> > > >

1945 Theatre Catalog, 4th Edition, Page 501 (475)

1945 Theatre Catalog, 4th Edition
1945 Theatre Catalog
1945 Theatre Catalog, 4th Edition, Page 501
Page 501

1945 Theatre Catalog, 4th Edition, Page 501


DRIVE-IN THEATRE SCREEN ARRANGEMENT. For the maximum reflection of light to the parking area and for the minimum keystone effect, the screen of a drive-in theatre should be tipped from the top forward, so that it will be perpendicular to a line drawn from the center at the screen to a point located approximately two drive-in theatres have reported that they obtained especially good results using a flat-white concrete paint. Under no c011ditions should a glossy white paint be used, because of the shining and unreal appearance it will impart to characters' faces and other light-colored objects in the screen images. Silver and aluminum paints are not recommended because of the difficulty in applying this paint evenly over the entire area of the screen and because they discolor rapidly. These defects become very noticeable especially when the picture highlights are viewed, such as sky backgrounds.

For maximum reflection of light to the parking area, and for the minimum ukeystone effectf the screen should be tipped slightly so that it will be perpendicular to a line drawn from the center of the screen to a point located approximately two-thirds the length of the parking area from the screen tower.

Other Details

Individual loudspeakers are stored and distributed at the entrance and collected at the exit canopy. The new RCA speakers are left out in the open as they are weather-proof.

The lighting and traffic control may be handled by indirect lighting which illuminates the ground areas and may be controlled from a switchboard in the managers oflice.

The refreshment stand concessions are usually located in the projection building, thus providing a central location.

The approaches to the theatre, when well landscaped, add materially to its effectiveness and should be included in the architectural design.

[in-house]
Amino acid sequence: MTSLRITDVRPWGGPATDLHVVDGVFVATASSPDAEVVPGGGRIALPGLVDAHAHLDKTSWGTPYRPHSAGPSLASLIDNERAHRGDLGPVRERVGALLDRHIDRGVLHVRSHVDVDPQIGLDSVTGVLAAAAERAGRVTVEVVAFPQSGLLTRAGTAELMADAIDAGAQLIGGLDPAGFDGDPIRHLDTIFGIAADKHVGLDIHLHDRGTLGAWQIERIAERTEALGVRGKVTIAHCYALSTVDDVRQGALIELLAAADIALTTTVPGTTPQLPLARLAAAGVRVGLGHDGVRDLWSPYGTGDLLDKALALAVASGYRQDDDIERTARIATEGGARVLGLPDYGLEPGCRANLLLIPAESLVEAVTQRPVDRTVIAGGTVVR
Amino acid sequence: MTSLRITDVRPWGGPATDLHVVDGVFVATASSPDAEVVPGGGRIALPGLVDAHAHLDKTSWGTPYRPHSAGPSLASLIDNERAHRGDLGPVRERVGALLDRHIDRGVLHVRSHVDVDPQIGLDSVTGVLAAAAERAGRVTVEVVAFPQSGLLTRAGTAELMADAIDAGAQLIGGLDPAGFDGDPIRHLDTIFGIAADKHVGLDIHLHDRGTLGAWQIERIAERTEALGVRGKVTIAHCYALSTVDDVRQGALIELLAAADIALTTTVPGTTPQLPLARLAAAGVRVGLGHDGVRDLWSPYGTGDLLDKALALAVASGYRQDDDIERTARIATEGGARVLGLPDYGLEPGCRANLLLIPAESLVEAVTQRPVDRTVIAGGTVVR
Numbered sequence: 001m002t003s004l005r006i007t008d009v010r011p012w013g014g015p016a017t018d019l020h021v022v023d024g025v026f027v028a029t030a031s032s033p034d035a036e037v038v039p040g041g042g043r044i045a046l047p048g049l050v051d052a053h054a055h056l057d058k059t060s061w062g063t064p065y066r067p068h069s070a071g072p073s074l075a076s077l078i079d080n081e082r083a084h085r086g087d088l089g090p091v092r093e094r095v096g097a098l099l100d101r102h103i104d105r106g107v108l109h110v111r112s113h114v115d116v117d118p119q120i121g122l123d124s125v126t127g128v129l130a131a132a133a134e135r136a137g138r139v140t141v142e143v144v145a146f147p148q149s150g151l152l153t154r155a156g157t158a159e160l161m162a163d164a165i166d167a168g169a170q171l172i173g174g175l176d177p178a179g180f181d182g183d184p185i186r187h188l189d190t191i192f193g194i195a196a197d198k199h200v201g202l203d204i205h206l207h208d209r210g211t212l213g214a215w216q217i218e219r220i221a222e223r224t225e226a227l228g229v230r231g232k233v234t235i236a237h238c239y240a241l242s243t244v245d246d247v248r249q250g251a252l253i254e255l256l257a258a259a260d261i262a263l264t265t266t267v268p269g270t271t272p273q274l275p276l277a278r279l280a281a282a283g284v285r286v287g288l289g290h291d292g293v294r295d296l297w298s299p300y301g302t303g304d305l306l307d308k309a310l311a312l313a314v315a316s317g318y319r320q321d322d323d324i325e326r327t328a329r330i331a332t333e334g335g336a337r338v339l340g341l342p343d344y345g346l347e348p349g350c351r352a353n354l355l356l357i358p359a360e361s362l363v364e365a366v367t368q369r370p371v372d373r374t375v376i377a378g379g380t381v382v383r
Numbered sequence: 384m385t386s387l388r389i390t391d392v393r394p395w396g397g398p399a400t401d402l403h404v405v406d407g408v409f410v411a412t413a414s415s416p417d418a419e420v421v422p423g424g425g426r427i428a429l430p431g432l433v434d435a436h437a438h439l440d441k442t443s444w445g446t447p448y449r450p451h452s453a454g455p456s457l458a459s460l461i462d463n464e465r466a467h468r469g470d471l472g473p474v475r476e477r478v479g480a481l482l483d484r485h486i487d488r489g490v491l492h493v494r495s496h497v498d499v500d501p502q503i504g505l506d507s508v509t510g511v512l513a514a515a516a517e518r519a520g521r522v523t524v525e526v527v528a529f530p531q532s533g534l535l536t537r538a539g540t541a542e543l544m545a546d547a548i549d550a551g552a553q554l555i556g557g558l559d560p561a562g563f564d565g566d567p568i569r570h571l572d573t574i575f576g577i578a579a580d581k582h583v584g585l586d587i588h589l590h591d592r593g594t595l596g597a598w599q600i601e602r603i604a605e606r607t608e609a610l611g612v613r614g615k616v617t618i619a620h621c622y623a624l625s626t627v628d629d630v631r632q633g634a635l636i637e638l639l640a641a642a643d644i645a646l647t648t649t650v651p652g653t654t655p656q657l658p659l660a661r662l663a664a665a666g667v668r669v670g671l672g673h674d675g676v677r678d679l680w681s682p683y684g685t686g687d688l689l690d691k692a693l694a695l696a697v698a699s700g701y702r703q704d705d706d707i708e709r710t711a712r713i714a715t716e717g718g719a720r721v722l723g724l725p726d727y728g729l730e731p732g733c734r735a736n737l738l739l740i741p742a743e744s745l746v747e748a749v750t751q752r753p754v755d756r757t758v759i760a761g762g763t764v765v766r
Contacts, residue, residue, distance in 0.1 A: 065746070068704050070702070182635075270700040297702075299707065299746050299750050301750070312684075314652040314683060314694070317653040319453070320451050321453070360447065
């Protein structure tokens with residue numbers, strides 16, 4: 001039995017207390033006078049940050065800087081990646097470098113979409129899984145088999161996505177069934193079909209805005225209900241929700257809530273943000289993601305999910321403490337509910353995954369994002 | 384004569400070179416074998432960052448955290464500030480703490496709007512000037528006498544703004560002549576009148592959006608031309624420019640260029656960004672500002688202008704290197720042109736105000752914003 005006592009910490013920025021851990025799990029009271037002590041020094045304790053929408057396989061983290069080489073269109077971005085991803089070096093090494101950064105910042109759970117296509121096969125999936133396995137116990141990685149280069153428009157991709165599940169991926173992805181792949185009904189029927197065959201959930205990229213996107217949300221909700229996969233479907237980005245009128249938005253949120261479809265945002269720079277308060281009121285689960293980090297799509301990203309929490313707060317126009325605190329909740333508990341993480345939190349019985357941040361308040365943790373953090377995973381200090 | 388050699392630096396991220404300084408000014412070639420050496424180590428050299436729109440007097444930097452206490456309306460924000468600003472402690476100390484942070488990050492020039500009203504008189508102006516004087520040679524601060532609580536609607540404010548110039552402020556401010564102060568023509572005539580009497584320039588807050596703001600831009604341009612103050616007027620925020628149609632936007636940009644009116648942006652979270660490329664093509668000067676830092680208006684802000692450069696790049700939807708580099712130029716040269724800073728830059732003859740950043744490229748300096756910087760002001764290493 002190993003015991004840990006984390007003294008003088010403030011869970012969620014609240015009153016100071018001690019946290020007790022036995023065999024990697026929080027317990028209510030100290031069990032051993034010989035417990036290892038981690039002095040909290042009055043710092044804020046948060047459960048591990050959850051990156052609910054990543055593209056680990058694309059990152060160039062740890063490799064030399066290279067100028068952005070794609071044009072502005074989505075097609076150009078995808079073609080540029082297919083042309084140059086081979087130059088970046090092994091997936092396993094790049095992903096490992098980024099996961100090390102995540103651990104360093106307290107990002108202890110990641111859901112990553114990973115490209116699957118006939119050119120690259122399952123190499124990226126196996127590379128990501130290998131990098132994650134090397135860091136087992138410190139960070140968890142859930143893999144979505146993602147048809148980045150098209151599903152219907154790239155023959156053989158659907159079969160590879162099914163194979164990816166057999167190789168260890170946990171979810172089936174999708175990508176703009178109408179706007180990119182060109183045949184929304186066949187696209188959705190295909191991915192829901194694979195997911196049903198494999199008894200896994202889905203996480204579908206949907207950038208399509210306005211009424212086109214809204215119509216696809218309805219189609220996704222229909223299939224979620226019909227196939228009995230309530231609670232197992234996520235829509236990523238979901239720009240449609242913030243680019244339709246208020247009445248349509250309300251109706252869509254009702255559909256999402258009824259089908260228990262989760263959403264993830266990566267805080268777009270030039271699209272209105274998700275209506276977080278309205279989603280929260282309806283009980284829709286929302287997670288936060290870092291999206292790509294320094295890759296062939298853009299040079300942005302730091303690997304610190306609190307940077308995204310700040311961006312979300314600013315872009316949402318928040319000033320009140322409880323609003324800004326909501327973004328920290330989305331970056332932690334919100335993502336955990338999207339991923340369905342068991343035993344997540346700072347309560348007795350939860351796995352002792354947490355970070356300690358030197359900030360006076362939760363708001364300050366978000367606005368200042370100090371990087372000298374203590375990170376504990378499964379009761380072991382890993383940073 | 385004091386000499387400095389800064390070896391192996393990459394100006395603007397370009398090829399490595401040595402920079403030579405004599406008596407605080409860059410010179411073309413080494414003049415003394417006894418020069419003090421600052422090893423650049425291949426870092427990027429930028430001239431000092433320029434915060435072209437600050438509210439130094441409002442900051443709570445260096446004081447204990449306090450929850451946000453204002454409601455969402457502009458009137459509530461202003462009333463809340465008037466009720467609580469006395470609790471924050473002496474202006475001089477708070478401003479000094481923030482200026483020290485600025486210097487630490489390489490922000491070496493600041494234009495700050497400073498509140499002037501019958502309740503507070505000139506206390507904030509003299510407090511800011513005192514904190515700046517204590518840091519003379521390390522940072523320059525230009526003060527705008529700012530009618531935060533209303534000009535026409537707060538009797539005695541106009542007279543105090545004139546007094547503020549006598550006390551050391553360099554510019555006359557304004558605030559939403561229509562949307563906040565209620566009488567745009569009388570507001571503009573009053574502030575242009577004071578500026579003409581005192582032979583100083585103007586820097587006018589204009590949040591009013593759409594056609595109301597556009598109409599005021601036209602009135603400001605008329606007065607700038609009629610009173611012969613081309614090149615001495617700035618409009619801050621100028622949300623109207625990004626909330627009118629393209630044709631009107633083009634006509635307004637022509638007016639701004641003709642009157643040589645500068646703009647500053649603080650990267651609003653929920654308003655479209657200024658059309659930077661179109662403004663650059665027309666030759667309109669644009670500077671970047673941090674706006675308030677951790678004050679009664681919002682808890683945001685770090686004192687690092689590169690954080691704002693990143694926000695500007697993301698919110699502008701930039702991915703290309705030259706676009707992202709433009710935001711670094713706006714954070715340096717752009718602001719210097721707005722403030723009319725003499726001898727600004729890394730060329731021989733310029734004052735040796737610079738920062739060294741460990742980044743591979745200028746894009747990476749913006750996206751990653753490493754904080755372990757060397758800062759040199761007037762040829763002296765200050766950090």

It is apparent that in every detail of construction the drive-in theatre of tomorrow, even though planned on a modest scale, will reflect the dcgree of careful planning which has made the indoor theatre the amusement center of the cornmunity.


The projection room building is usually planned to include (I) the projection room proper; (2) a separate power room in which the motor-grincrator sets are mounted at a level above the ground to guard against damage from poor drainage; and (3) men's and ladies' restrooms, which are frequently located at opposite




ends of the building to insure greater privacy.

Plans should also include requirements for port-hole shutters and controls and two ventilation systems: one for the carbon-arc equipment. and the other for the general ventilation of the projection room proper and the power room.

Construction of Projection Building

There are many factors which govern the location, design, and construction of the building housing the projection booth.

In the design of drive-in theatres, the location of the projection room building is of prime importance in securing the finest possible screen image. The projection room is generally placed from 150 to 250 feet from the screen, but so located that the light beam to the screen cannot possibly be obscured.


thirds of the length of the parking area from the screen tower. In this drawing used through the courtesy of the Radio Corporation of America, are given some of the measurements. The precise measurements and dimensions, of course, can be determined only from the actual theatre, and the Figures are iust for illustration.

The minimum distance the booth may be located from the screen is determined by the maximum acceptable "keystone effect" and picture distortion. The maximum distance is determined by the longest focal length of fast projection lenses available, and by the projection angle required to clear the cars parked in the ramps directly in front of the projection booth.

The fastest projection lenses available at the present time have a speed of approximately f/2. With a 5-inch lens, the booth must be located 250 feet from the screen in order to obtain a picture 40 feet in with. Shorter focal-length lenses used in the above cases would provide a larger picture. With the booth a maximum of 250 feet from the screen, therefore, fast projection lenses may be used to obtain any size picture desired, within

THE SIZE OF THE SCREEN is particularly important in drive-in theatres, because of the great praiection and viewing distances involved. Here (courtesy of Drive-In Theatres, Inc.) are given suggested measurements for two standard drive-in theatre screens, for the 40x30-foot and the 52x39-foot sizes. All the screens provide for a 4-foot-wide border at the top and sides and a 3-foot.wide border under screen area, for usual proiection reasons.


1945 Theatre Catalog, 4th Edition, Page 501